There are two dangerous conditions that first-time managers often fall victim to: overmanaging and undermanaging. Let’s look at undermanaging first.
Let’s say you have a pretty inexperienced team (both in technical skills and team skills) and you manage them as if they were an autonomous team. This is a major mistake.
Inexperienced team members need much more guidance and direction from their managers or team leaders. Some first-time managers expect their team members to learn everything on their own somehow. There are examples of this being true, but not generally speaking. When you undermanage, you are setting up your team members for failure and frustration. Many managers still blame the team, even when their teams’ work assignments or projects do not come out as expected. This is pretty unethical behavior. Let me highlight this with a real example. I once overheard a first-time manager talking with her boss. The boss had expressed some alarm about how one of the manager’sprojects was going. The first-time manager replied, ‘‘I know, I am well aware of it. I cannot believe the team I have. They do not seem to know what they are doing. I suggest you speak directly to them. After all, I cannot be blamed for their mistakes.’’
Now, let’s turn our attention to the other half of mismanaging teams—overmanaging. Here you have a participative or autonomous team in every sense of the word, and the manager or team leader is acting as if it were a developing team or a work group. She makes the mistake of closely supervising and monitoring the team members when they do not need it. Overmanaging gets teams angry; as a result, they’ll do anything to get you off their backs, or, because they are so annoyed, they may undermine your efforts. They do not need all of this attention. This is a classic case of micromanaging.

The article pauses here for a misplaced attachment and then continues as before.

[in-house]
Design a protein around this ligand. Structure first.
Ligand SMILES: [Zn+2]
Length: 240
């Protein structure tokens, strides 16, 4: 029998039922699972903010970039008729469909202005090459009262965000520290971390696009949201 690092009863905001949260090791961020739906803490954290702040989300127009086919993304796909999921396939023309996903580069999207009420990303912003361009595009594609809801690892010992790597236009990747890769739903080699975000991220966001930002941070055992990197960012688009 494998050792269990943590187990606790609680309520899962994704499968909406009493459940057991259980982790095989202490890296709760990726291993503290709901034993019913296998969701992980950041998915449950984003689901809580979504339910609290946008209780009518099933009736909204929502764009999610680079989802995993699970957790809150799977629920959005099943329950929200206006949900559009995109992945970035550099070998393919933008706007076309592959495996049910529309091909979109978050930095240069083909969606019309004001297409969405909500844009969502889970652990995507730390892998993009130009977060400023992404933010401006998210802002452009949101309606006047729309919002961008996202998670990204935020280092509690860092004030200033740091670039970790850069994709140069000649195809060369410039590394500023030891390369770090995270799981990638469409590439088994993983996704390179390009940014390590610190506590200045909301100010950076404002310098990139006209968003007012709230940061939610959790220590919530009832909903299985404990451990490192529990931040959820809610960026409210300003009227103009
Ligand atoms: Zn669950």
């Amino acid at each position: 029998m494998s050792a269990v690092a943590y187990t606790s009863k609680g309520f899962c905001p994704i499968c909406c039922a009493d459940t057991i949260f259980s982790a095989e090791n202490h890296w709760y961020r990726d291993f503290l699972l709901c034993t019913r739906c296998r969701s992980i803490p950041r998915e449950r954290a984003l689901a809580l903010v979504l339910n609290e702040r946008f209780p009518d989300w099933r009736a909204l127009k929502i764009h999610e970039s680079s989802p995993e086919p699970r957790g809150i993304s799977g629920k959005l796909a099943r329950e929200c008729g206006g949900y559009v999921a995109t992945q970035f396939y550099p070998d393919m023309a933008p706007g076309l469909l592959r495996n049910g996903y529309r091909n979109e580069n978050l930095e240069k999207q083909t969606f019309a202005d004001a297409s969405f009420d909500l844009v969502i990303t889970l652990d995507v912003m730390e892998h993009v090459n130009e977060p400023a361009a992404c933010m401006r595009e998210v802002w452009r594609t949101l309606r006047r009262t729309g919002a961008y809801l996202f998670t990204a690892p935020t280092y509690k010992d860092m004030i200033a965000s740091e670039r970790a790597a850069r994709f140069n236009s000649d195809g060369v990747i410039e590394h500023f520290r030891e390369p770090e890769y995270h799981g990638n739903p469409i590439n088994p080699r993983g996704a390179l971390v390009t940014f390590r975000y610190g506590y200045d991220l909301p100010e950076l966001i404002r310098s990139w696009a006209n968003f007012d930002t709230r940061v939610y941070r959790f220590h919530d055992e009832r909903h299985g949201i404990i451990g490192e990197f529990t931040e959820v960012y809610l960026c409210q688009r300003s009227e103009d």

Micromanaging has gotten a bad rap over the years. There is absolutely nothing wrong with micromanaging if you use it for teams that need close supervision. But there is everything wrong with it when it is used with teams that do not need to be told what to do or to be monitored closely.
It is crucial that you determine which model best suits your team and that you try to provide the best management approach. When you do this, you have a management match. Matches lead to high morale and high productivity. Overmanaging and undermanaging cause many conflicts between managers and their teams and have led to the downfall of many first-time mangers. They are also two of the biggest reasons teams fail.
You may find the following point interesting and perhaps somewhat insightful when you are considering which team model to employ. When I ask my seminar groups to describe their realworld or fantasy best-team experiences, 98 percent of the time their answers relate to participative or autonomous team experiences. This may motivate you to do whatever you possibly can to get your teams to this high-performing level. Please keep in mind though that not every team can achieve the highest levels of performance, even if you and your organization encourage it. Many team members may not be able to develop the required technical or team skills.
Source : Topchik, Gary S. 2007. “The first-time manager’s guide to team building”. New York : Silver Enterprise
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